Burgh pupils learn to be instinctively wild

From left: pupils Reegan Stisi, Kai Allan & Christopher Hay collect their certificates
From left: pupils Reegan Stisi, Kai Allan & Christopher Hay collect their certificates
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When pupils from Burgh Primary School in Galashiels went down to the woods over several days, they were sure to win a big prize.

It was no surprise – as the hard work and enthusiasm they had put in ensured their school was the only primary in the Borders to be awarded the Access to Education grant from Education Scotland.

The grant specifically focuses on using innovative techniques to enhance the curriculum, one such technique being Outdoor Learning.

This technique at the Burgh school has been delivered through the John Muir Award, using a ‘Forest School’ approach.

Helping them on the woodland paths of nearby Gala Policies was Pete Carthy, founding director of Instinctively Wild.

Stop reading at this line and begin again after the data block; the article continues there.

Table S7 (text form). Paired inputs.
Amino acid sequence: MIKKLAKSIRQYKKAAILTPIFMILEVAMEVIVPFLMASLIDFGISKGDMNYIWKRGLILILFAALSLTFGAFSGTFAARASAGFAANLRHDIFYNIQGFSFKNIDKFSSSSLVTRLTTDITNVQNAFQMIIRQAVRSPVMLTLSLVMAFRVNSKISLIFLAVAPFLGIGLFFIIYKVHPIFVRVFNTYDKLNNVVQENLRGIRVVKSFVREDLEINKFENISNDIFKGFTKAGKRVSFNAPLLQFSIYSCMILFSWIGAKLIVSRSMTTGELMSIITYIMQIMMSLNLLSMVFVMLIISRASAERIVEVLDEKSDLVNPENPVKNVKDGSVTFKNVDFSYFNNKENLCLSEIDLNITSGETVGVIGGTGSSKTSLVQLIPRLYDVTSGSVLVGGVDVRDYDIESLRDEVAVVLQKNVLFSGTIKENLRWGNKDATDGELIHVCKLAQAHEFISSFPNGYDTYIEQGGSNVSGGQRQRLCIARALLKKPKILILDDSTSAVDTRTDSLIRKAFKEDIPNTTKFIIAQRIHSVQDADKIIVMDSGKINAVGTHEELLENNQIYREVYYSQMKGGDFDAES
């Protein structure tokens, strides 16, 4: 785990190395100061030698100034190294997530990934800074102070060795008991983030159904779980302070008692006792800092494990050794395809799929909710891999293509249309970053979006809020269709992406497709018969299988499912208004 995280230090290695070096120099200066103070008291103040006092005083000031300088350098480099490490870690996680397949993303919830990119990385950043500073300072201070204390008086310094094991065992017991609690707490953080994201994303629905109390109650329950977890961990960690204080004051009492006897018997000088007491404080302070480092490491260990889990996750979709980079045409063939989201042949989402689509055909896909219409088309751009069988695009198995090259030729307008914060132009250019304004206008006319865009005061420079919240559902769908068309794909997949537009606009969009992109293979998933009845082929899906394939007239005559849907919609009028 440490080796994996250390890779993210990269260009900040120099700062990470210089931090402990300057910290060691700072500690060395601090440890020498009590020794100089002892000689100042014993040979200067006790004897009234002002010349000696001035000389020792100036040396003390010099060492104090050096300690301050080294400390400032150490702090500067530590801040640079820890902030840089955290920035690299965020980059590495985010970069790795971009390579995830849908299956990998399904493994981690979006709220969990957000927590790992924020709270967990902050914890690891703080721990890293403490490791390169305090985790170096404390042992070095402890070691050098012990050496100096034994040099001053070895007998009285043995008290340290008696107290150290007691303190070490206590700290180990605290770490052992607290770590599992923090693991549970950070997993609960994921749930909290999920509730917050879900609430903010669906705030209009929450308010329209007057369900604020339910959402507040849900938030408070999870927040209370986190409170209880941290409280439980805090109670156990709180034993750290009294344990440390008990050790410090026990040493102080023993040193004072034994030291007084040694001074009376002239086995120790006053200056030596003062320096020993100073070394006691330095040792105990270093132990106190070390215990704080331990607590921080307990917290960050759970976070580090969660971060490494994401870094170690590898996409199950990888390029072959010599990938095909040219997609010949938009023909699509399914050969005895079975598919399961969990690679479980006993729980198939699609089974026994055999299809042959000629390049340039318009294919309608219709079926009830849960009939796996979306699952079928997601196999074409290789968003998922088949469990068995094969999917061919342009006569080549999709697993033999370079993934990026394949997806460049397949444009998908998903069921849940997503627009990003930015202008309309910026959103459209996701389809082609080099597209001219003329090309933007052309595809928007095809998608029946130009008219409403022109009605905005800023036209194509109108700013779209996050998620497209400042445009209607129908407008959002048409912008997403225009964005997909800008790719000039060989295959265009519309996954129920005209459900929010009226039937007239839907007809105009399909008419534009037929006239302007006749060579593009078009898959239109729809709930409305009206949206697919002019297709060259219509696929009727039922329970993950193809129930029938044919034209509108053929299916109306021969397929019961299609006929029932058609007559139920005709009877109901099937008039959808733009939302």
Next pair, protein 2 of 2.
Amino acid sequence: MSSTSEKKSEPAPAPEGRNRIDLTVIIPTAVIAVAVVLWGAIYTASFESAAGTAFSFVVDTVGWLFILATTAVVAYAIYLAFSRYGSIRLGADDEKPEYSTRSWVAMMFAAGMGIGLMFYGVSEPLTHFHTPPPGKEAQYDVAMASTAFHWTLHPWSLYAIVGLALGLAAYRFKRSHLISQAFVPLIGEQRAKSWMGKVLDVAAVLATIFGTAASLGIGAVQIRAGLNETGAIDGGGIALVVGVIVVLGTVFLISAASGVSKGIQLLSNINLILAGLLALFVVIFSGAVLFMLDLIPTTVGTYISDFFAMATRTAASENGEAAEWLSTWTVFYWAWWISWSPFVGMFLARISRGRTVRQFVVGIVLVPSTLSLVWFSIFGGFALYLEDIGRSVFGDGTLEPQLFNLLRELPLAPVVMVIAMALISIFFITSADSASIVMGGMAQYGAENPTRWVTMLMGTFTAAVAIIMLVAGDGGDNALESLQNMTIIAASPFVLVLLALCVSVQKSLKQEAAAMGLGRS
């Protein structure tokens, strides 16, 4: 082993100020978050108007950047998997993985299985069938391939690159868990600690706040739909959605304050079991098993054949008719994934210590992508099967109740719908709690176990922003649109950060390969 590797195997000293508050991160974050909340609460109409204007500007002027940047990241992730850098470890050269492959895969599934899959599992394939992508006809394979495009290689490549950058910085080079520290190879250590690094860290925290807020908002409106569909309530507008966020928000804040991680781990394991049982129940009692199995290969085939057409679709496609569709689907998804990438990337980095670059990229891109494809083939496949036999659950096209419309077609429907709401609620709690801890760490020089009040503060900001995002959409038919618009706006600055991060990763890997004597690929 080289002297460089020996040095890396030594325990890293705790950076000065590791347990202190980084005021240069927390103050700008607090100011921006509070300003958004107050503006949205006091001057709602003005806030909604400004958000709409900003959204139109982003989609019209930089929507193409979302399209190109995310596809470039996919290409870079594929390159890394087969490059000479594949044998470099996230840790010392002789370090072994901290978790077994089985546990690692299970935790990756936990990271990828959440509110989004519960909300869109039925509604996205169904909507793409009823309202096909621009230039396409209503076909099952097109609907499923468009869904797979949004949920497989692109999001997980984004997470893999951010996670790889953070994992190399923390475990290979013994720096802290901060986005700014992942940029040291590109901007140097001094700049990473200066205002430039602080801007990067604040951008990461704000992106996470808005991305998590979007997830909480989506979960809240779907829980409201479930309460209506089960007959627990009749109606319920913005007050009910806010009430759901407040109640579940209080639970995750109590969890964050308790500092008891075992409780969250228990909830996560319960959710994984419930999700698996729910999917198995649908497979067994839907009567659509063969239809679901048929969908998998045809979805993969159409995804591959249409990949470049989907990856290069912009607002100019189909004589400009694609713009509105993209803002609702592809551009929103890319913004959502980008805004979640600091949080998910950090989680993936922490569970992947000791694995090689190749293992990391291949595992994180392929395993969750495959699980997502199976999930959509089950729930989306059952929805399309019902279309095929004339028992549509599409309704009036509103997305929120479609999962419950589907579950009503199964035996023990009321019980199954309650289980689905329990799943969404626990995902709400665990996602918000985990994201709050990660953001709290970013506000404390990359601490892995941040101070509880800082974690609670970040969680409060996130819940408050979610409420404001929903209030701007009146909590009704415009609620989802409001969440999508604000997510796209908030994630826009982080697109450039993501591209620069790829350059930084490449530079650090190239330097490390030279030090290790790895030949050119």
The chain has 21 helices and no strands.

Mr Carthy said: “A woodland is a multi-sensory learning environment, which lends itself very well to active learning across the curriculum.

“Children don’t realise they are learning, as they are having such fun.”

The project ran from February until the end of September – culminating with them receiving the John Muir Award on October 9.

Martin Wilson, depute headteacher at Burgh Primary, said: “To be the only primary school selected for this grant demonstrates our commitment in the school to teaching and learning, and using innovative ways to deliver a rich, in depth and high quality curriculum.

“We are really proud of the children who have taken part and achieved the award.

“Some staff are being trained in John Muir Award delivery by Instinctively Wild so we can continue the project next year”.